Red Scare on Sunset

Charles Busch's
Red Scare on Sunset

a kate west review
directed by Cindy Gendrich

at the Attic Theatre
5429 W. Washington Blvd.
Los Angeles, CA 90016
contact 323-525-0600
running Sept. 11 - Oct. 18

Charles Busch, playwright, actor and drag queen extraordinaire, brings back his reflections on the 1950's Hollywood Blacklisting in "Red Scare on Sunset". Famous for such outrageouness as "Psycho Beach Party" and "Vampire Lesbians of Sodom", Busch often cast himself in the fabulously dressed female leads ( Filling in Charles Busch's high heeled shoes, is Drew Droege in the latest version of "Red Scare".

Droege takes on Busch's famous alter ego movie star Mary Dale, giving her his own full out drag flair. Mary's actor husband Frank Taggert (Chris Tarantino) is drawn into the Communist party against his will, subcombing to the dark Hollywood left. Best friend Pat Pilford (the delightfully fun Michelle Begley) supports Mary but still has to keep her own black secret. Mysterious Marta Towers (the rather weak Sona Tatoyan) gums up the works, making the moves on Taggert. Mary must save her husband and her career, all the while keeping herself in stylish couture. Busch tries to fit it all in - suicides and murder, sex and scandal and a reminder that even the entertainment industry can demonstrate intolerance.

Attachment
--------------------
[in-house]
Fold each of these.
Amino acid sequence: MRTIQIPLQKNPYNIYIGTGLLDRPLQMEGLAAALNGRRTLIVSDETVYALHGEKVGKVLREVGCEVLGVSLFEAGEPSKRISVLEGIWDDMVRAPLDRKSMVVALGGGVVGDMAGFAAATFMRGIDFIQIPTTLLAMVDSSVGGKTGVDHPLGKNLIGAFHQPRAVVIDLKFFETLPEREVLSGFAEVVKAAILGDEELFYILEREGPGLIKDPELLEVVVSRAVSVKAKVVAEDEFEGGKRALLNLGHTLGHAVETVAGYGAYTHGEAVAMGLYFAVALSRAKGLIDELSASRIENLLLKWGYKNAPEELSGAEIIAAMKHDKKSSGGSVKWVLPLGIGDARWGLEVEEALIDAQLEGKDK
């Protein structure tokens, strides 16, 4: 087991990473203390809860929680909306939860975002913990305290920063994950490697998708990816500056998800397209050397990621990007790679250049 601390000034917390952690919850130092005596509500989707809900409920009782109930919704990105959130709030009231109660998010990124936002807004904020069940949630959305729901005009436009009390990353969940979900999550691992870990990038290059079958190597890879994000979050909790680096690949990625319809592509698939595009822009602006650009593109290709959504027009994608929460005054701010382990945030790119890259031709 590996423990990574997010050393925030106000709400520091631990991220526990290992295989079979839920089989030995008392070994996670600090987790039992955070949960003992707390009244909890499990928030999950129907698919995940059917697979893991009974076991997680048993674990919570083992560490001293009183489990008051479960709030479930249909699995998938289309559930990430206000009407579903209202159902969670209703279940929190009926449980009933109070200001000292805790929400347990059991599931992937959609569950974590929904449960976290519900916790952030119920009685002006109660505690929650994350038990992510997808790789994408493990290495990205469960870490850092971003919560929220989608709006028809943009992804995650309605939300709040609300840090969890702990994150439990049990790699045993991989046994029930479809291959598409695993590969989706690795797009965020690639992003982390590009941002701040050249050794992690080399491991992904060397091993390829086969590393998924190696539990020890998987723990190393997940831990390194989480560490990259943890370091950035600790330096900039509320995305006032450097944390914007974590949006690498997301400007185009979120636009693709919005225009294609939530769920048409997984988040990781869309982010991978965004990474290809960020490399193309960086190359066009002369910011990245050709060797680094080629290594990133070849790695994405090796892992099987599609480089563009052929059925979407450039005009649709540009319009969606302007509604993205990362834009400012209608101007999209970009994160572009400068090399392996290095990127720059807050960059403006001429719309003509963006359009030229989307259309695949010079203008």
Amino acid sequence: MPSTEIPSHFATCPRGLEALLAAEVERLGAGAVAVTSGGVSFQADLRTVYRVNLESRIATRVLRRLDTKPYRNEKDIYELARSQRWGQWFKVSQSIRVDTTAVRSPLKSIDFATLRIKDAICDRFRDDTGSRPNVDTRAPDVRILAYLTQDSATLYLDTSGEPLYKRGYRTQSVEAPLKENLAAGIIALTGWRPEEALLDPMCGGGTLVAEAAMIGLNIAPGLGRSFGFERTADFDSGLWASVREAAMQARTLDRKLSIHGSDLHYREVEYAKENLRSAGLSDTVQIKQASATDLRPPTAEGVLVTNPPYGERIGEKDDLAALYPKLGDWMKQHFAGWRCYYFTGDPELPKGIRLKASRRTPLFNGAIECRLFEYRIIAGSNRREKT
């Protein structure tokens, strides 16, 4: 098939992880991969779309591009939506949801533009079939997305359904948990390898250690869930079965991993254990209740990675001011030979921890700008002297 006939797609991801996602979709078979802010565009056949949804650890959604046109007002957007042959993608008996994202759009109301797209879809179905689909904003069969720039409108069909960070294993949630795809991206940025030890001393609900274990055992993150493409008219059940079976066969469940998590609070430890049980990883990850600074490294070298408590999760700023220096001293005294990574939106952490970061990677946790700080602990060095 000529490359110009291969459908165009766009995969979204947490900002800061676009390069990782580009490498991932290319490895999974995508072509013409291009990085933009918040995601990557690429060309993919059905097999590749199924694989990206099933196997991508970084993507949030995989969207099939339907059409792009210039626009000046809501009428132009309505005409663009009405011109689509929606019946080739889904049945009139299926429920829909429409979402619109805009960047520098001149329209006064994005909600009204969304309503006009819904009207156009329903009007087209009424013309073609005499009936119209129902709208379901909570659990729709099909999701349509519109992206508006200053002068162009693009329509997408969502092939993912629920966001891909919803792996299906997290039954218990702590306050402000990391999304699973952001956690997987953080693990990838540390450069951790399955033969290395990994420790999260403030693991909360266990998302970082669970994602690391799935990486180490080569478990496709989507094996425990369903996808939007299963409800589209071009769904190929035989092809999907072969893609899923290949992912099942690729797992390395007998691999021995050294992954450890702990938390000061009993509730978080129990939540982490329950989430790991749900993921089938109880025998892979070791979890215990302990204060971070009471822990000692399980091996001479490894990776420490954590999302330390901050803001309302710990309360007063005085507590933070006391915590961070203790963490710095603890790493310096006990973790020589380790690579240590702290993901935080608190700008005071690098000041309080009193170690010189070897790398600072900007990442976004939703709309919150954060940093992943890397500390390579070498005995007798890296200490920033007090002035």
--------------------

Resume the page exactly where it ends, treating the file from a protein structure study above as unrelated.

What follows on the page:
The cast is unbalanced, some much weaker than others. Amy Proccaci has a few fun turns as R. G. Benson, a sharp-talking oldtime director, as does Dane Whitlock as various sexually ambiguous characters. Drew Droege and Michelle Begley are definite stand-outs, as well as being the best dressed. Some very fine delectable 1950's dresses, indeed. Director Cindy Gendrich makes some nice stage pictures and Droege has some priceless facial expressions as Mary sinks further and further into despair, to arise triumphant, strong and red-white-and-blue conservative in the end.

The company obviously enjoy their take on a Charles Busch classic and while it runs too long, it is fun to watch Droege expertly inhabit the intensely sheltered and delicate movie star who turns out to be much tougher than anyone suspected. He's the best thing about the show, pretty much. The actual story is almost secondary to showcasing that particular Charles Busch portrait.

Pictured below: Drew Droege, Michelle Begley, Chris Tarantino

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